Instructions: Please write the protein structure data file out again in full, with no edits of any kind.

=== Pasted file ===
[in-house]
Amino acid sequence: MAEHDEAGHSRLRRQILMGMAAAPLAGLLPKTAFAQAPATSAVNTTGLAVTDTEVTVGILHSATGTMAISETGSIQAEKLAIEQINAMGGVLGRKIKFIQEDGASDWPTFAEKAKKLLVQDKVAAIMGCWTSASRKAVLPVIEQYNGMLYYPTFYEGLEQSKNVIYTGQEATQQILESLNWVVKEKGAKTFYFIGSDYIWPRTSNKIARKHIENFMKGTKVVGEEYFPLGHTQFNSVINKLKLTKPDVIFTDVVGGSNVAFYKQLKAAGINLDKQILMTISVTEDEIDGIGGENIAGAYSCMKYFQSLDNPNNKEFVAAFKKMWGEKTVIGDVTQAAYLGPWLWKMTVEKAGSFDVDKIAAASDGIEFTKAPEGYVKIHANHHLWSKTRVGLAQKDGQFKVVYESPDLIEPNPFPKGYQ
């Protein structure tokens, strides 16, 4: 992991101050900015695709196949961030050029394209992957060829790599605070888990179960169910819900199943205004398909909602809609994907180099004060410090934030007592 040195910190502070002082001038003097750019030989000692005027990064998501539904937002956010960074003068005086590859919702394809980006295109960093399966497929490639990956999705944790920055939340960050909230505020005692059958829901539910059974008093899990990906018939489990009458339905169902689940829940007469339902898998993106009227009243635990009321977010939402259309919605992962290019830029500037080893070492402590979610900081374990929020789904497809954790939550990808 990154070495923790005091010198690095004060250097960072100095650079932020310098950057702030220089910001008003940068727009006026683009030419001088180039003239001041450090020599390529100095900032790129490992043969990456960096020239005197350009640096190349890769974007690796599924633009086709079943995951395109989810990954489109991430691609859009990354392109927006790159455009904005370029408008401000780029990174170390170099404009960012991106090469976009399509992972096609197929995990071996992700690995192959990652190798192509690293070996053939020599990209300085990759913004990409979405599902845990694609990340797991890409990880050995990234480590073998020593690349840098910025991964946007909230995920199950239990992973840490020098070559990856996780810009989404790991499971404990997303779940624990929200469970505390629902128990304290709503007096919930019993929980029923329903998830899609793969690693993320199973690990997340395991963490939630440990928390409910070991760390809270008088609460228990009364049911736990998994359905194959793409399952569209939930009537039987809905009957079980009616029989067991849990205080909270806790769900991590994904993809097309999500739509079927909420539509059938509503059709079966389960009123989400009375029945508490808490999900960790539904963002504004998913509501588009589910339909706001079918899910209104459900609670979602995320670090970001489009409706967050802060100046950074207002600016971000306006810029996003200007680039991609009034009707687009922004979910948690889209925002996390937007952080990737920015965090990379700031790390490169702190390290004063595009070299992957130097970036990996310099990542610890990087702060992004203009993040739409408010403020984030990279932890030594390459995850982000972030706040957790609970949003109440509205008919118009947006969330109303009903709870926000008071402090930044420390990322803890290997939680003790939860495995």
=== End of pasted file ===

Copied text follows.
[in-house]
Amino acid sequence: MAEHDEAGHSRLRRQILMGMAAAPLAGLLPKTAFAQAPATSAVNTTGLAVTDTEVTVGILHSATGTMAISETGSIQAEKLAIEQINAMGGVLGRKIKFIQEDGASDWPTFAEKAKKLLVQDKVAAIMGCWTSASRKAVLPVIEQYNGMLYYPTFYEGLEQSKNVIYTGQEATQQILESLNWVVKEKGAKTFYFIGSDYIWPRTSNKIARKHIENFMKGTKVVGEEYFPLGHTQFNSVINKLKLTKPDVIFTDVVGGSNVAFYKQLKAAGINLDKQILMTISVTEDEIDGIGGENIAGAYSCMKYFQSLDNPNNKEFVAAFKKMWGEKTVIGDVTQAAYLGPWLWKMTVEKAGSFDVDKIAAASDGIEFTKAPEGYVKIHANHHLWSKTRVGLAQKDGQFKVVYESPDLIEPNPFPKGYQ
């Protein structure tokens, strides 16, 4: 992991101050900015695709196949961030050029394209992957060829790599605070888990179960169910819900199943205004398909909602809609994907180099004060410090934030007592 040195910190502070002082001038003097750019030989000692005027990064998501539904937002956010960074003068005086590859919702394809980006295109960093399966497929490639990956999705944790920055939340960050909230505020005692059958829901539910059974008093899990990906018939489990009458339905169902689940829940007469339902898998993106009227009243635990009321977010939402259309919605992962290019830029500037080893070492402590979610900081374990929020789904497809954790939550990808 990154070495923790005091010198690095004060250097960072100095650079932020310098950057702030220089910001008003940068727009006026683009030419001088180039003239001041450090020599390529100095900032790129490992043969990456960096020239005197350009640096190349890769974007690796599924633009086709079943995951395109989810990954489109991430691609859009990354392109927006790159455009904005370029408008401000780029990174170390170099404009960012991106090469976009399509992972096609197929995990071996992700690995192959990652190798192509690293070996053939020599990209300085990759913004990409979405599902845990694609990340797991890409990880050995990234480590073998020593690349840098910025991964946007909230995920199950239990992973840490020098070559990856996780810009989404790991499971404990997303779940624990929200469970505390629902128990304290709503007096919930019993929980029923329903998830899609793969690693993320199973690990997340395991963490939630440990928390409910070991760390809270008088609460228990009364049911736990998994359905194959793409399952569209939930009537039987809905009957079980009616029989067991849990205080909270806790769900991590994904993809097309999500739509079927909420539509059938509503059709079966389960009123989400009375029945508490808490999900960790539904963002504004998913509501588009589910339909706001079918899910209104459900609670979602995320670090970001489009409706967050802060100046950074207002600016971000306006810029996003200007680039991609009034009707687009922004979910948690889209925002996390937007952080990737920015965090990379700031790390490169702190390290004063595009070299992957130097970036990996310099990542610890990087702060992004203009993040739409408010403020984030990279932890030594390459995850982000972030706040957790609970949003109440509205008919118009947006969330109303009903709870926000008071402090930044420390990322803890290997939680003790939860495995």